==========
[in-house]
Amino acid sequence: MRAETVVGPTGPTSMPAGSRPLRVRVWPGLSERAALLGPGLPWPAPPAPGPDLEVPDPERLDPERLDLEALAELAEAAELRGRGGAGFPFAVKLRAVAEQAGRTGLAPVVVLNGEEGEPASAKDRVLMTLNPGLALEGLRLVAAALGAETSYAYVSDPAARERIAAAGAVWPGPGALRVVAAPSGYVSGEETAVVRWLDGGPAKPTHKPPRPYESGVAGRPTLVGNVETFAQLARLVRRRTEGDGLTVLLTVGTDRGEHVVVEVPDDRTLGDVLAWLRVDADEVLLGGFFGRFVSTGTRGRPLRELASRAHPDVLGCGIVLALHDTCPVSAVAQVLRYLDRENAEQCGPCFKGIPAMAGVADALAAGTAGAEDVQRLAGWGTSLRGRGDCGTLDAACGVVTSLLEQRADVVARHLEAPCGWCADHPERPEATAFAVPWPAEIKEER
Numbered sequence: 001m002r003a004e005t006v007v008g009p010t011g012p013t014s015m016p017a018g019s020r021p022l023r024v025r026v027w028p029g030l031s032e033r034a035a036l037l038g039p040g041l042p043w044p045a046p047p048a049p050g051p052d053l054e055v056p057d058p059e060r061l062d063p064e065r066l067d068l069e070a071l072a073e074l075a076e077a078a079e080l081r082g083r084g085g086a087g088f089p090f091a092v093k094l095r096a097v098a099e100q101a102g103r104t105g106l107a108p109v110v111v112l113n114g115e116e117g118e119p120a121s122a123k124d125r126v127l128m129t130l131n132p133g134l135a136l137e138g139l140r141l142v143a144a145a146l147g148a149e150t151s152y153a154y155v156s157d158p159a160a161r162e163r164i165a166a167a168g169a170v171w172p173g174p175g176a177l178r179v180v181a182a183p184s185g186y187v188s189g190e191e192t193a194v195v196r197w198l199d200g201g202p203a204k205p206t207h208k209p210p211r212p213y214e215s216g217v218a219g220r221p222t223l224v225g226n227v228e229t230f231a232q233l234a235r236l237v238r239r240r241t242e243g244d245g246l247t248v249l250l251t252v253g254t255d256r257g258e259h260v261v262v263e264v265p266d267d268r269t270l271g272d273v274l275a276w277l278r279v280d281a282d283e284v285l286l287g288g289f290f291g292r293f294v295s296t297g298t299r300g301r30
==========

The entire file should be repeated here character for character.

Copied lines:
[in-house]
Amino acid sequence: MRAETVVGPTGPTSMPAGSRPLRVRVWPGLSERAALLGPGLPWPAPPAPGPDLEVPDPERLDPERLDLEALAELAEAAELRGRGGAGFPFAVKLRAVAEQAGRTGLAPVVVLNGEEGEPASAKDRVLMTLNPGLALEGLRLVAAALGAETSYAYVSDPAARERIAAAGAVWPGPGALRVVAAPSGYVSGEETAVVRWLDGGPAKPTHKPPRPYESGVAGRPTLVGNVETFAQLARLVRRRTEGDGLTVLLTVGTDRGEHVVVEVPDDRTLGDVLAWLRVDADEVLLGGFFGRFVSTGTRGRPLRELASRAHPDVLGCGIVLALHDTCPVSAVAQVLRYLDRENAEQCGPCFKGIPAMAGVADALAAGTAGAEDVQRLAGWGTSLRGRGDCGTLDAACGVVTSLLEQRADVVARHLEAPCGWCADHPERPEATAFAVPWPAEIKEER
Numbered sequence: 001m002r003a004e005t006v007v008g009p010t011g012p013t014s015m016p017a018g019s020r021p022l023r024v025r026v027w028p029g030l031s032e033r034a035a036l037l038g039p040g041l042p043w044p045a046p047p048a049p050g051p052d053l054e055v056p057d058p059e060r061l062d063p064e065r066l067d068l069e070a071l072a073e074l075a076e077a078a079e080l081r082g083r084g085g086a087g088f089p090f091a092v093k094l095r096a097v098a099e100q101a102g103r104t105g106l107a108p109v110v111v112l113n114g115e116e117g118e119p120a121s122a123k124d125r126v127l128m129t130l131n132p133g134l135a136l137e138g139l140r141l142v143a144a145a146l147g148a149e150t151s152y153a154y155v156s157d158p159a160a161r162e163r164i165a166a167a168g169a170v171w172p173g174p175g176a177l178r179v180v181a182a183p184s185g186y187v188s189g190e191e192t193a194v195v196r197w198l199d200g201g202p203a204k205p206t207h208k209p210p211r212p213y214e215s216g217v218a219g220r221p222t223l224v225g226n227v228e229t230f231a232q233l234a235r236l237v238r239r240r241t242e243g244d245g246l247t248v249l250l251t252v253g254t255d256r257g258e259h260v261v262v263e264v265p266d267d268r269t270l271g272d273v274l275a276w277l278r279v280d281a282d283e284v285l286l287g288g289f290f291g292r293f294v295s296t297g298t299r300g301r30